Bill Morris in COVID-19 on June 5, 2020
The confusing signals keep coming. The latest confusion surrounds the Business Safety Plan, a document businesses must prepare as the state moves through its phased reopening, outlining steps the business will take to prevent the spread of COVID-19. Some attorneys are advising co-op and condo boards that they're obligated to formulate plans. Others aren’t so sure, arguing that co-ops and condos, strictly speaking, never closed and, furthermore, they’re not commercial enterprises.
The Empire State Development Corp. (ESD), the state’s umbrella economic development arm, has tried to clarify what is required during the reopening. “(Co-ops and condos) do not need a reopening plan because they’re not a business,” Annmarie Proscia of the ESD wrote in an email to the law firm Schneider Buchel. “If they’re looking at opening amenities, (those boards) need to follow the recreation guidance on our website.” That guidance is available here.
“Putting a Business Safety Plan together would have been a tremendous amount of work for co-op and condos boards,” says Marc Schneider, managing partner at Schneider Buchel. “And it didn’t make any sense. First of all, co-ops and condos never closed. So we wrote to Empire State Development for clarification.”
The New York State Department of Health's website offers a template for preparing a Business Safety Plan. The site notes that "each business or entity, including those that have been designated as essential," must prepare a plan. "This plan does not need to be submitted to a state agency for approval," the website states, "but must be retained on the premises of the business and must made available to the New York State Department of Health (DOH) or local health or safety authorities in the event of an inspection."
Zachary Steinberg, vice president of policy at the Real Estate Board of New York, has sent the following guidance to property managers: "Co-ops and condos are required to have Business Safety Plans and affirm that they will follow the state’s guidance.
Amid the confusion, Schneider advises boards that even if they're exempt from preparing a Business Safety Plan, they don't have a license to relax. “We recommend that boards develop their own plan or house rules that address the activities that will occur in reopening,” he says. “For instance, if you’re going to start permitting move-ins and move-outs, you should have a set of protocols. You might want to limit the hours or days when moves are allowed so it’s possible to clean up after the move. You might want to limit the size of moving crews. You’ve got to make rules on how many people can be in the gym at one time, and how it will be cleaned after each use.”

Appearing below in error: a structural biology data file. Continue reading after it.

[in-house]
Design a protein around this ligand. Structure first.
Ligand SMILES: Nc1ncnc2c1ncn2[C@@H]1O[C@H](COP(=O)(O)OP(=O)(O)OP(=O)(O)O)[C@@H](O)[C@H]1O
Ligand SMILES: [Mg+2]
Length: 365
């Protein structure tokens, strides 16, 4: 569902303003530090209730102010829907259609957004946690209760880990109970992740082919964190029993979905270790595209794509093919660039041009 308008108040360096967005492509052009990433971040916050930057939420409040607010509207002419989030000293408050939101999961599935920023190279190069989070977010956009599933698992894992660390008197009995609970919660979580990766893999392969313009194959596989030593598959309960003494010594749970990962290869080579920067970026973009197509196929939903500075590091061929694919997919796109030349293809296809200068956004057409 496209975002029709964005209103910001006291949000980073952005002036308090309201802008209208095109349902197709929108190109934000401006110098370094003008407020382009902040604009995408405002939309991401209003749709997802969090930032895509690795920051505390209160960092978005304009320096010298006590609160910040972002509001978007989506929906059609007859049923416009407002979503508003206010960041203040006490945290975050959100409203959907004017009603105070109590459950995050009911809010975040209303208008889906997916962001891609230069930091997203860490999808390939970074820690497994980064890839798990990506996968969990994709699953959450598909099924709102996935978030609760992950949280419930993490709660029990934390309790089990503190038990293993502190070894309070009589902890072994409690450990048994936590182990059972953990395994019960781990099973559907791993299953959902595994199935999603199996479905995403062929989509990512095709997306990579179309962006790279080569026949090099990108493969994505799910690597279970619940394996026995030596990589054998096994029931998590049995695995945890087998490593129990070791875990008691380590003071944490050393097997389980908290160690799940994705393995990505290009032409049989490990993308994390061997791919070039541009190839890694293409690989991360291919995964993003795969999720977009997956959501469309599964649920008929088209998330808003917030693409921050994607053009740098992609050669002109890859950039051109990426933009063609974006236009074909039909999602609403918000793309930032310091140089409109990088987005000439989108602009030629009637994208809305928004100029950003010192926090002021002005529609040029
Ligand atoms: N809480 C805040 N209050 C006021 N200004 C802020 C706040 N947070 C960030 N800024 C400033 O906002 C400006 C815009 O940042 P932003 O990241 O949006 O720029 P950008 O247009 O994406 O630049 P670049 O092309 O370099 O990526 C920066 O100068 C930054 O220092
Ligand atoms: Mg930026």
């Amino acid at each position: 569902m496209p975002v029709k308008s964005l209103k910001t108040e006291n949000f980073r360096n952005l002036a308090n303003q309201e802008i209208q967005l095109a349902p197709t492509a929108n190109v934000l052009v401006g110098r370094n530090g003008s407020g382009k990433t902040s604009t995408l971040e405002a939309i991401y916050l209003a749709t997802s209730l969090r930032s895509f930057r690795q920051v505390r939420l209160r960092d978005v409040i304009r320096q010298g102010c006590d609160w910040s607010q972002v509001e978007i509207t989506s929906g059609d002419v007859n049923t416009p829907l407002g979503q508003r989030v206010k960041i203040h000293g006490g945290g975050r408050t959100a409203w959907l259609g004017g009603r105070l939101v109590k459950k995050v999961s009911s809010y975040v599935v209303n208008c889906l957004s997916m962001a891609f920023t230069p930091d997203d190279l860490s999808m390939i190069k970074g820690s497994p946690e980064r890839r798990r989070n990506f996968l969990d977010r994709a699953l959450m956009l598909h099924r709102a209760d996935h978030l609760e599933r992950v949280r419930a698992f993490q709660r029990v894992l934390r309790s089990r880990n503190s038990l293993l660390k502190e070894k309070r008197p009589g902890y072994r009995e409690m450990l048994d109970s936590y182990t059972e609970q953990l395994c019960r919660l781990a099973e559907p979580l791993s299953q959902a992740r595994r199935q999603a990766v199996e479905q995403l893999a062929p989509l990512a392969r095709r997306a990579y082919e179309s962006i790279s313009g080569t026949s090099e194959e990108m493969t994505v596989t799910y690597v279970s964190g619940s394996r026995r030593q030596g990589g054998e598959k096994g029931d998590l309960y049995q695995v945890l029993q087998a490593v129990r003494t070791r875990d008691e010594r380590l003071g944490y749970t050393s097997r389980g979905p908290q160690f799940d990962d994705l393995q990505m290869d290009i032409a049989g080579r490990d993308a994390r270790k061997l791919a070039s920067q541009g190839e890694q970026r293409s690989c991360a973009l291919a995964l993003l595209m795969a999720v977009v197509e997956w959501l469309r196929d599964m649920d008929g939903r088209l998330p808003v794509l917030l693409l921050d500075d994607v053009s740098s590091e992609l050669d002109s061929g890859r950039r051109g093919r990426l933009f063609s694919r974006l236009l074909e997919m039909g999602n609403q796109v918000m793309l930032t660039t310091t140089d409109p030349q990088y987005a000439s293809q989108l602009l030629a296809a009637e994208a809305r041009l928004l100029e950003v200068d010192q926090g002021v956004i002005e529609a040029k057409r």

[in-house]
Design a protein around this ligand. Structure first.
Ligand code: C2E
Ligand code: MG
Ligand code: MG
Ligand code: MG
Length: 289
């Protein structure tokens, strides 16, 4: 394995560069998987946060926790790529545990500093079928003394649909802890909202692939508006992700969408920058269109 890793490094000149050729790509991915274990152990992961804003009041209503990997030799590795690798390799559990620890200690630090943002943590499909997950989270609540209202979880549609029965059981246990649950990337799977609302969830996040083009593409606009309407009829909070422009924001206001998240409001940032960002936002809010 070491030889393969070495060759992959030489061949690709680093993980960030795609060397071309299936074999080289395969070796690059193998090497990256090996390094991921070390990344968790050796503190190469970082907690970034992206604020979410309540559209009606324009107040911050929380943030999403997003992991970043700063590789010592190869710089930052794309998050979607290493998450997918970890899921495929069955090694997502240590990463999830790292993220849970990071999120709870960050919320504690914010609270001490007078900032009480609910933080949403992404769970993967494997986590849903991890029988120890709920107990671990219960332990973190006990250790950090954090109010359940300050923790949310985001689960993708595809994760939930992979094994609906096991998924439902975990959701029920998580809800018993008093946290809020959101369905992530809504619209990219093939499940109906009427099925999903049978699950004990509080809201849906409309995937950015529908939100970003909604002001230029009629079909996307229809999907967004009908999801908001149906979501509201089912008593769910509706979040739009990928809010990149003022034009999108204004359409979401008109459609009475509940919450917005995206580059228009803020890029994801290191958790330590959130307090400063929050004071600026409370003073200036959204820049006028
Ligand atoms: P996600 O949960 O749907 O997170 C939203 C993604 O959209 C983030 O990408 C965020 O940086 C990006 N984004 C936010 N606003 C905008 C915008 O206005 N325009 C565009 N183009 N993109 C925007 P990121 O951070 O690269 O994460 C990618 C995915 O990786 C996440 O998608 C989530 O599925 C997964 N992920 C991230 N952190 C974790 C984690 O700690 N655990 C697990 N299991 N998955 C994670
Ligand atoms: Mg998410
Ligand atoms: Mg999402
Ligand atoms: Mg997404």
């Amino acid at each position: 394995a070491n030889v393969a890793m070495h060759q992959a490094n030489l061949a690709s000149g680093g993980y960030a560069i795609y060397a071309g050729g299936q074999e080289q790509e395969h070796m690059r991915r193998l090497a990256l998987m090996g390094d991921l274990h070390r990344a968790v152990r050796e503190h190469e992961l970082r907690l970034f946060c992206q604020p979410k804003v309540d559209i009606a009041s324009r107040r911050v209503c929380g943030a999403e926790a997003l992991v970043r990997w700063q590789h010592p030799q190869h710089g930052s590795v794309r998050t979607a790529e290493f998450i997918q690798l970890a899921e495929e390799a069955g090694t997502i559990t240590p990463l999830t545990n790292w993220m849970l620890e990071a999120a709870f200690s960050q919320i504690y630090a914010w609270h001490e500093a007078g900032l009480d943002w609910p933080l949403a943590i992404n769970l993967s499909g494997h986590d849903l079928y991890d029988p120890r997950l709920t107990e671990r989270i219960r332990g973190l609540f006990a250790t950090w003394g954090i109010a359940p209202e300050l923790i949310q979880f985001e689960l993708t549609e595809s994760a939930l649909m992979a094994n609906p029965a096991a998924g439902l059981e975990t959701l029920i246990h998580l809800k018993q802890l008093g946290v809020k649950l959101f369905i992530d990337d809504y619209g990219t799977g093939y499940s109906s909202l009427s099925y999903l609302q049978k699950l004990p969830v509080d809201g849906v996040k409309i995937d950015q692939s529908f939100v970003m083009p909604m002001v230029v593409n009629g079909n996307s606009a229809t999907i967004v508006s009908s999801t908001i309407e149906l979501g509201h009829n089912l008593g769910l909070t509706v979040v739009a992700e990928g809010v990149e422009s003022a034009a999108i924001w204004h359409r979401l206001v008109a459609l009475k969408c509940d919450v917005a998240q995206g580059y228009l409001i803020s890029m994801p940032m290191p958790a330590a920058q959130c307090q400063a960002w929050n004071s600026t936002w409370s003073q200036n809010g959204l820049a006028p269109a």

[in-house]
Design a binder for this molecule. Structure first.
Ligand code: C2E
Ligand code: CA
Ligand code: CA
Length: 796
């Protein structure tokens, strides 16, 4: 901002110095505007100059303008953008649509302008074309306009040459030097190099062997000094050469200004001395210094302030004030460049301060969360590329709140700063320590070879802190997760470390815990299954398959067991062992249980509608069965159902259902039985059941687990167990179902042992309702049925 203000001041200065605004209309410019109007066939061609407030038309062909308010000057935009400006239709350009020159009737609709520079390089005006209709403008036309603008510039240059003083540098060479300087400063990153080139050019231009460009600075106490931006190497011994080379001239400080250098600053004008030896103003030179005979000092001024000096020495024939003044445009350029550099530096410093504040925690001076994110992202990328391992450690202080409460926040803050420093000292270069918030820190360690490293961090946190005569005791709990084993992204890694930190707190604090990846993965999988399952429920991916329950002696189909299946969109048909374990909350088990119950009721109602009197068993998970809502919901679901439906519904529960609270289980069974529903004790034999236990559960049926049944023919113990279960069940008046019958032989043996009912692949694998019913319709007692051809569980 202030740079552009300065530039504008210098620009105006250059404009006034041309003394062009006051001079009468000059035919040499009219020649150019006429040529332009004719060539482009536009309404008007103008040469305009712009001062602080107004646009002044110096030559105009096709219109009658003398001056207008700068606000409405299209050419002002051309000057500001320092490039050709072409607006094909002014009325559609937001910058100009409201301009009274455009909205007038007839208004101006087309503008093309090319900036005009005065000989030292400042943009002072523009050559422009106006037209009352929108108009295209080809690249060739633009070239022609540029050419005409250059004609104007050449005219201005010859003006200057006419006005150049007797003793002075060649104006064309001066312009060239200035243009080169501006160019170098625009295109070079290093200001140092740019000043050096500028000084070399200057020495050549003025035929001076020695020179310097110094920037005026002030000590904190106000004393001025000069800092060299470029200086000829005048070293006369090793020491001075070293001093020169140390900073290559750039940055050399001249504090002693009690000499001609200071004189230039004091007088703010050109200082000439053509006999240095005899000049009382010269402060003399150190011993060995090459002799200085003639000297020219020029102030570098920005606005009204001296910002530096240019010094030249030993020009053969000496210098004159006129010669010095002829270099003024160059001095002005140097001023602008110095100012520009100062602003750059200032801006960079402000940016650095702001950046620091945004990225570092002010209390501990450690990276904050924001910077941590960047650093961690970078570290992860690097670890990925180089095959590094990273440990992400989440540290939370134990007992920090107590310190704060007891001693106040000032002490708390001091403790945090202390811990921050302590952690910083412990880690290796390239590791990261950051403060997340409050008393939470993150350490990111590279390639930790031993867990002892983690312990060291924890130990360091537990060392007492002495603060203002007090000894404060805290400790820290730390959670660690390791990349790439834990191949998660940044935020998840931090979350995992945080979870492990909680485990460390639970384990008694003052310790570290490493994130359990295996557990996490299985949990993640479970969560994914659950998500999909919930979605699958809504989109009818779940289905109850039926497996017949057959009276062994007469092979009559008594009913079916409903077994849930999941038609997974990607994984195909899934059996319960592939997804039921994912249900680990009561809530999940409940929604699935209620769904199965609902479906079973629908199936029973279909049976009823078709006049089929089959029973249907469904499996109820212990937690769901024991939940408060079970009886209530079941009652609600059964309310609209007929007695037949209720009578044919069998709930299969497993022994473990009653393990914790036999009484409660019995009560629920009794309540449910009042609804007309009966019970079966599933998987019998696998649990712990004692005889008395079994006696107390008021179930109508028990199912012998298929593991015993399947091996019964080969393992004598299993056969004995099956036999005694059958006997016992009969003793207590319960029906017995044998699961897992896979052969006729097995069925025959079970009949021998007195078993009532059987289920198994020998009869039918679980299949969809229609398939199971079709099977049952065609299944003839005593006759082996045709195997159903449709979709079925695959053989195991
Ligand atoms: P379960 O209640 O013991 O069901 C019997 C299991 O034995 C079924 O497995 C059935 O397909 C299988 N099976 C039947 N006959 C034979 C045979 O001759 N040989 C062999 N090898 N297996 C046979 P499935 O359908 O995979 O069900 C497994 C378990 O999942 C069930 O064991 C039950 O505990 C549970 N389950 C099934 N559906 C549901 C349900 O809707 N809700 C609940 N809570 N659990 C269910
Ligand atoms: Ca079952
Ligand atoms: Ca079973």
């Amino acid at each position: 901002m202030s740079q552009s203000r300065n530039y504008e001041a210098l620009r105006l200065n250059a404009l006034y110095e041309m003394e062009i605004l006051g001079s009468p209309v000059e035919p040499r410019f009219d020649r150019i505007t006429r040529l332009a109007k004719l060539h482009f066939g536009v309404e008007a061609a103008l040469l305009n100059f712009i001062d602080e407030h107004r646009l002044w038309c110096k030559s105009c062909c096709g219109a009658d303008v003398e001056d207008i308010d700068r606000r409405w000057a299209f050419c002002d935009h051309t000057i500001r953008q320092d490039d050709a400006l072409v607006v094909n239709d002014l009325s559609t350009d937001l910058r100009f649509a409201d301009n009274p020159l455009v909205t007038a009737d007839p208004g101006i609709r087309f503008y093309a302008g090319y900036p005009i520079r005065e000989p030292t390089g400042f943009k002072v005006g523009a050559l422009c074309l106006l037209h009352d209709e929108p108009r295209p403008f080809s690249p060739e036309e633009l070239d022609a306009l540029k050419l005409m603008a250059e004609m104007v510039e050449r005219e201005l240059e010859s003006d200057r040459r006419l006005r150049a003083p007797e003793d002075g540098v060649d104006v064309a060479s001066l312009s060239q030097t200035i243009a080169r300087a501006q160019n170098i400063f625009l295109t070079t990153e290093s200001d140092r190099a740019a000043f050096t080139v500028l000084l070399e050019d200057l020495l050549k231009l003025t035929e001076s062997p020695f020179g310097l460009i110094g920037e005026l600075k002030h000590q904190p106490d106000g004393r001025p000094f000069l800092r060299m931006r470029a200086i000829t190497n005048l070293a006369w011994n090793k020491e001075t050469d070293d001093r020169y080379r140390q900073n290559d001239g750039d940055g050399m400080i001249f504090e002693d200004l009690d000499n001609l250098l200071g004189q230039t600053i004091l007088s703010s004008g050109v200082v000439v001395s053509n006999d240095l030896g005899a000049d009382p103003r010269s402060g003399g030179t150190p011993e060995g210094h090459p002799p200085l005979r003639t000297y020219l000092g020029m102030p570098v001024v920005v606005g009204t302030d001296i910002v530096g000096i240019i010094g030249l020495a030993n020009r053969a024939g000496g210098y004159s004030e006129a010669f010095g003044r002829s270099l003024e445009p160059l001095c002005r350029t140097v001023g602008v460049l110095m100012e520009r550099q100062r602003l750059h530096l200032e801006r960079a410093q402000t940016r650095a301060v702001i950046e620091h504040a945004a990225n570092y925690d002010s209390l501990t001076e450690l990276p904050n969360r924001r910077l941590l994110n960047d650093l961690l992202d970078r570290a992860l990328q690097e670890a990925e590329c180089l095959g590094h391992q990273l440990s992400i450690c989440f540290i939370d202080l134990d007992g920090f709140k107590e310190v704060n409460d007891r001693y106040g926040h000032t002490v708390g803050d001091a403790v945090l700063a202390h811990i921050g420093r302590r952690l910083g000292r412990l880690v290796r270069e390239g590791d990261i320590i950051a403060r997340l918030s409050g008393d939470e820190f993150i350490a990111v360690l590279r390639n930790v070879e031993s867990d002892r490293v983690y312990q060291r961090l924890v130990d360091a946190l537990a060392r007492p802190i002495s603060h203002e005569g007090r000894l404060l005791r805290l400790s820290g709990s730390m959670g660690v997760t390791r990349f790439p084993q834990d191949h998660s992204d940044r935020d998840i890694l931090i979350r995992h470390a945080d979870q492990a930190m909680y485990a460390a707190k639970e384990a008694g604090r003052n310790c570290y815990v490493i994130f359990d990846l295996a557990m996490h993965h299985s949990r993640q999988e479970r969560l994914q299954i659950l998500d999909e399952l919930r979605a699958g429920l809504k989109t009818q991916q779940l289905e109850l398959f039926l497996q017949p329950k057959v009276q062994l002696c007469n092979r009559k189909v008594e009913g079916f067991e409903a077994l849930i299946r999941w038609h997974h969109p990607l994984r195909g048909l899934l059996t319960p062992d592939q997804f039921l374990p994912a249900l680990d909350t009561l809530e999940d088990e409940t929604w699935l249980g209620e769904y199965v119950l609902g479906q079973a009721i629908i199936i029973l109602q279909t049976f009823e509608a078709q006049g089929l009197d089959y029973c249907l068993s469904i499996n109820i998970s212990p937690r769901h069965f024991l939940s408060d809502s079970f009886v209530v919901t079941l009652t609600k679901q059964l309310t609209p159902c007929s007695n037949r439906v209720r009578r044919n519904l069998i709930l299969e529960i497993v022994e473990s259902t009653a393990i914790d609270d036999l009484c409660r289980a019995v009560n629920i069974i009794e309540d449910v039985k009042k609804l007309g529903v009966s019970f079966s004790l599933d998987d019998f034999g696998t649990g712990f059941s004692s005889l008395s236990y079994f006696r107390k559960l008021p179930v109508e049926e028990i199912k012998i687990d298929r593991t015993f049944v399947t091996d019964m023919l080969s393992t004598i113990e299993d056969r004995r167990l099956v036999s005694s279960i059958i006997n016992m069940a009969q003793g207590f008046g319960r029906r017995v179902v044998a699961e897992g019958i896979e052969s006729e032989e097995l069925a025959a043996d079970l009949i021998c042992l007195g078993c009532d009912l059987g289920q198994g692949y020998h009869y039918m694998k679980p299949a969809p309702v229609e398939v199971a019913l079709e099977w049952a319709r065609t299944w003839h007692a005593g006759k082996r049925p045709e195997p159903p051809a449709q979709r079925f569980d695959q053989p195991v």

Phase One of New York City’s reopening began on Monday, June 8. Nonessential stores were allowed to open for curbside pickup, and nonessential construction and manufacturing ccould resume. The order has major implications for co-op and condo boards, many of which had to shut down facade and roof projects, lobby renovations and apartment alterations under the ban on nonessential construction.
Real estate activities will be included in Phase Two of the reopening, which means, based on current projections, that co-ops and condos will be able to fully reopen amenities such as pools, gyms and roof decks by late June – provided, of course, that boards have put appropriate safety measures in place and the city is not hit with a second wave of COVID-19 cases.
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